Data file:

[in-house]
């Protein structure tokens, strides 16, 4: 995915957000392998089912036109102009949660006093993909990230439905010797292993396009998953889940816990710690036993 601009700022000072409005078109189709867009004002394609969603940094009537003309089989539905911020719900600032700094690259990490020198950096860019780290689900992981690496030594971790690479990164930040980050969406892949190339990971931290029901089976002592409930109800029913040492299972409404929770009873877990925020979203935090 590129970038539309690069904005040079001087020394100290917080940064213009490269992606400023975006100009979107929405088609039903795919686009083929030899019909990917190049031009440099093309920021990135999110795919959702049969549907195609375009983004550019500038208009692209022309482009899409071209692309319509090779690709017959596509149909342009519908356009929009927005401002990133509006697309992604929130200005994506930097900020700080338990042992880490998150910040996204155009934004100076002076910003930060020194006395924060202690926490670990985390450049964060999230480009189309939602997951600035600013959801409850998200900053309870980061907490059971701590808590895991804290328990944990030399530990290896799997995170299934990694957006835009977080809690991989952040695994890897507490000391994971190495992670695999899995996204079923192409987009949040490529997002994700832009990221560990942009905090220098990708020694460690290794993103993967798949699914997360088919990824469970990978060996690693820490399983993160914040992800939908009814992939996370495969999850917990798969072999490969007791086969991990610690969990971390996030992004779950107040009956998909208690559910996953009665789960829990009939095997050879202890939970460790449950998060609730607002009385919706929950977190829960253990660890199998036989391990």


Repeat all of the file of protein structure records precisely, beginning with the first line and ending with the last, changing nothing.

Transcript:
[in-house]
């Protein structure tokens, strides 16, 4: 995915957000392998089912036109102009949660006093993909990230439905010797292993396009998953889940816990710690036993 601009700022000072409005078109189709867009004002394609969603940094009537003309089989539905911020719900600032700094690259990490020198950096860019780290689900992981690496030594971790690479990164930040980050969406892949190339990971931290029901089976002592409930109800029913040492299972409404929770009873877990925020979203935090 590129970038539309690069904005040079001087020394100290917080940064213009490269992606400023975006100009979107929405088609039903795919686009083929030899019909990917190049031009440099093309920021990135999110795919959702049969549907195609375009983004550019500038208009692209022309482009899409071209692309319509090779690709017959596509149909342009519908356009929009927005401002990133509006697309992604929130200005994506930097900020700080338990042992880490998150910040996204155009934004100076002076910003930060020194006395924060202690926490670990985390450049964060999230480009189309939602997951600035600013959801409850998200900053309870980061907490059971701590808590895991804290328990944990030399530990290896799997995170299934990694957006835009977080809690991989952040695994890897507490000391994971190495992670695999899995996204079923192409987009949040490529997002994700832009990221560990942009905090220098990708020694460690290794993103993967798949699914997360088919990824469970990978060996690693820490399983993160914040992800939908009814992939996370495969999850917990798969072999490969007791086969991990610690969990971390996030992004779950107040009956998909208690559910996953009665789960829990009939095997050879202890939970460790449950998060609730607002009385919706929950977190829960253990660890199998036989391990």